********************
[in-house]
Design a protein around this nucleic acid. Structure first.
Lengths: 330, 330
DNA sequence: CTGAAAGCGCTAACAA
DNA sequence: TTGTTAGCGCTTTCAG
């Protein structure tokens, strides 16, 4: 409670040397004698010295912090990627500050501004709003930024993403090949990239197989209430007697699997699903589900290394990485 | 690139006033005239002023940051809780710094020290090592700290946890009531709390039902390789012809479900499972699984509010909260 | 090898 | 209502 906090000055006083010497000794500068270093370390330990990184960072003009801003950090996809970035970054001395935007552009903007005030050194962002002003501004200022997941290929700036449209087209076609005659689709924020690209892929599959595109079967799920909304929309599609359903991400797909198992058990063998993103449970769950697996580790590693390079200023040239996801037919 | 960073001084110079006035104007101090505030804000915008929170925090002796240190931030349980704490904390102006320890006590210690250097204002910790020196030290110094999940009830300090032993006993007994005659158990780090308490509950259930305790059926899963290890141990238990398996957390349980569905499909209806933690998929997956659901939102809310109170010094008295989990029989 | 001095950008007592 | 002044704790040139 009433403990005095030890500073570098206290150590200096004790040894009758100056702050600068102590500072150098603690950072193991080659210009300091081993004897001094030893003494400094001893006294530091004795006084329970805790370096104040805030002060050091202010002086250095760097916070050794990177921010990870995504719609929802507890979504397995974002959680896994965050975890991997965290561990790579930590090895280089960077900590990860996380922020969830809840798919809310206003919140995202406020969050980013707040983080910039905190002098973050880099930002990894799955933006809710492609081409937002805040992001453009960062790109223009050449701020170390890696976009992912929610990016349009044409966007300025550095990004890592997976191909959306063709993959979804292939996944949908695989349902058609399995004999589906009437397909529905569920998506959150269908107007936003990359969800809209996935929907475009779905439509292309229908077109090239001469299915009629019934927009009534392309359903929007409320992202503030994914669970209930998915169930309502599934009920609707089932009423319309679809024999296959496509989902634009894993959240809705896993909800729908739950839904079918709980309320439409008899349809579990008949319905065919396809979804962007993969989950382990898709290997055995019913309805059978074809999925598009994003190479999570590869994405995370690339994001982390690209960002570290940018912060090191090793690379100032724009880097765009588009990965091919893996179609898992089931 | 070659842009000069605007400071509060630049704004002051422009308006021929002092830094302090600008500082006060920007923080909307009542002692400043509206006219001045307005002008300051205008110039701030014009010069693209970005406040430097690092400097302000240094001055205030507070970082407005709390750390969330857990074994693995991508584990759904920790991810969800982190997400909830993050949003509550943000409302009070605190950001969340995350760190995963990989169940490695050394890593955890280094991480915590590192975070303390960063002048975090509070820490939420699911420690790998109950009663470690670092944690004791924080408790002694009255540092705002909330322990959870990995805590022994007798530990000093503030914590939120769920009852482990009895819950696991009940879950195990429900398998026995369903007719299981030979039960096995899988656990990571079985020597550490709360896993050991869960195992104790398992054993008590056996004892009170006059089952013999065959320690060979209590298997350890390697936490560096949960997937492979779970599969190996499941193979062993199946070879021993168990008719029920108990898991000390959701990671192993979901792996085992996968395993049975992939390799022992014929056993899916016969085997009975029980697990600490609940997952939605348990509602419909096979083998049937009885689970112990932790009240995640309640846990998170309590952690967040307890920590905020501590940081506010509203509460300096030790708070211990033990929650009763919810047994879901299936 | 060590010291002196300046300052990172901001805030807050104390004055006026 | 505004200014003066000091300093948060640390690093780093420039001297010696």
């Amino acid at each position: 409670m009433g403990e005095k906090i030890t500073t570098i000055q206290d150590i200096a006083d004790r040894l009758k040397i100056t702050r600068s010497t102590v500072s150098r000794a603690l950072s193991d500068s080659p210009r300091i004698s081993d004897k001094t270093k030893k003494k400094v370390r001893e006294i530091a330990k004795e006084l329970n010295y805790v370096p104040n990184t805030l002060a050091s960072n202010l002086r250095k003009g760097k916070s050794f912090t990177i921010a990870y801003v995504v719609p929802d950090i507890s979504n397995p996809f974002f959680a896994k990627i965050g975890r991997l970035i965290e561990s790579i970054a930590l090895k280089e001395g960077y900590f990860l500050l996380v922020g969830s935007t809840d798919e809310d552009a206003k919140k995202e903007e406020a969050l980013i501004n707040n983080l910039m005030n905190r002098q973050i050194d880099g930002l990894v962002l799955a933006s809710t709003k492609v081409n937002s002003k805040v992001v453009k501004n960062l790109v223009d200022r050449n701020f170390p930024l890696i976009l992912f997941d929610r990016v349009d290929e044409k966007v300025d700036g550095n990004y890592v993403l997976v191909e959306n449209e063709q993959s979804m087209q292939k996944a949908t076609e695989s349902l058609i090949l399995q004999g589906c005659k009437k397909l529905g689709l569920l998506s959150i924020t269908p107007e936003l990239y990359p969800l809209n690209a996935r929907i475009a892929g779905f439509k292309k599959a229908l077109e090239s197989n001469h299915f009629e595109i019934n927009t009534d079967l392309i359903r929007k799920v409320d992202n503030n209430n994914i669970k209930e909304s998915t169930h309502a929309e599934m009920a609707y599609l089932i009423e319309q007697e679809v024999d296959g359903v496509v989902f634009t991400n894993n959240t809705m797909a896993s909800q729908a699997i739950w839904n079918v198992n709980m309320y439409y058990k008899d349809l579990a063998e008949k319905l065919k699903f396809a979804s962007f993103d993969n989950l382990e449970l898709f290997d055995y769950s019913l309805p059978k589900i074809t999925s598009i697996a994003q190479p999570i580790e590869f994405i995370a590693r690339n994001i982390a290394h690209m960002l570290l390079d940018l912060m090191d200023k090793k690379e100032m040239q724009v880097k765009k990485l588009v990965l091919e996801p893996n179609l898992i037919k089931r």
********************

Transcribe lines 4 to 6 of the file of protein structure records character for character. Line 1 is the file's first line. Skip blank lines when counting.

DNA sequence: CTGAAAGCGCTAACAA
DNA sequence: TTGTTAGCGCTTTCAG
């Protein structure tokens, strides 16, 4: 409670040397004698010295912090990627500050501004709003930024993403090949990239197989209430007697699997699903589900290394990485 | 690139006033005239002023940051809780710094020290090592700290946890009531709390039902390789012809479900499972699984509010909260 | 090898 | 209502 906090000055006083010497000794500068270093370390330990990184960072003009801003950090996809970035970054001395935007552009903007005030050194962002002003501004200022997941290929700036449209087209076609005659689709924020690209892929599959595109079967799920909304929309599609359903991400797909198992058990063998993103449970769950697996580790590693390079200023040239996801037919 | 960073001084110079006035104007101090505030804000915008929170925090002796240190931030349980704490904390102006320890006590210690250097204002910790020196030290110094999940009830300090032993006993007994005659158990780090308490509950259930305790059926899963290890141990238990398996957390349980569905499909209806933690998929997956659901939102809310109170010094008295989990029989 | 001095950008007592 | 002044704790040139 009433403990005095030890500073570098206290150590200096004790040894009758100056702050600068102590500072150098603690950072193991080659210009300091081993004897001094030893003494400094001893006294530091004795006084329970805790370096104040805030002060050091202010002086250095760097916070050794990177921010990870995504719609929802507890979504397995974002959680896994965050975890991997965290561990790579930590090895280089960077900590990860996380922020969830809840798919809310206003919140995202406020969050980013707040983080910039905190002098973050880099930002990894799955933006809710492609081409937002805040992001453009960062790109223009050449701020170390890696976009992912929610990016349009044409966007300025550095990004890592997976191909959306063709993959979804292939996944949908695989349902058609399995004999589906009437397909529905569920998506959150269908107007936003990359969800809209996935929907475009779905439509292309229908077109090239001469299915009629019934927009009534392309359903929007409320992202503030994914669970209930998915169930309502599934009920609707089932009423319309679809024999296959496509989902634009894993959240809705896993909800729908739950839904079918709980309320439409008899349809579990008949319905065919396809979804962007993969989950382990898709290997055995019913309805059978074809999925598009994003190479999570590869994405995370690339994001982390690209960002570290940018912060090191090793690379100032724009880097765009588009990965091919893996179609898992089931 | 070659842009000069605007400071509060630049704004002051422009308006021929002092830094302090600008500082006060920007923080909307009542002692400043509206006219001045307005002008300051205008110039701030014009010069693209970005406040430097690092400097302000240094001055205030507070970082407005709390750390969330857990074994693995991508584990759904920790991810969800982190997400909830993050949003509550943000409302009070605190950001969340995350760190995963990989169940490695050394890593955890280094991480915590590192975070303390960063002048975090509070820490939420699911420690790998109950009663470690670092944690004791924080408790002694009255540092705002909330322990959870990995805590022994007798530990000093503030914590939120769920009852482990009895819950696991009940879950195990429900398998026995369903007719299981030979039960096995899988656990990571079985020597550490709360896993050991869960195992104790398992054993008590056996004892009170006059089952013999065959320690060979209590298997350890390697936490560096949960997937492979779970599969190996499941193979062993199946070879021993168990008719029920108990898991000390959701990671192993979901792996085992996968395993049975992939390799022992014929056993899916016969085997009975029980697990600490609940997952939605348990509602419909096979083998049937009885689970112990932790009240995640309640846990998170309590952690967040307890920590905020501590940081506010509203509460300096030790708070211990033990929650009763919810047994879901299936 | 060590010291002196300046300052990172901001805030807050104390004055006026 | 505004200014003066000091300093948060640390690093780093420039001297010696």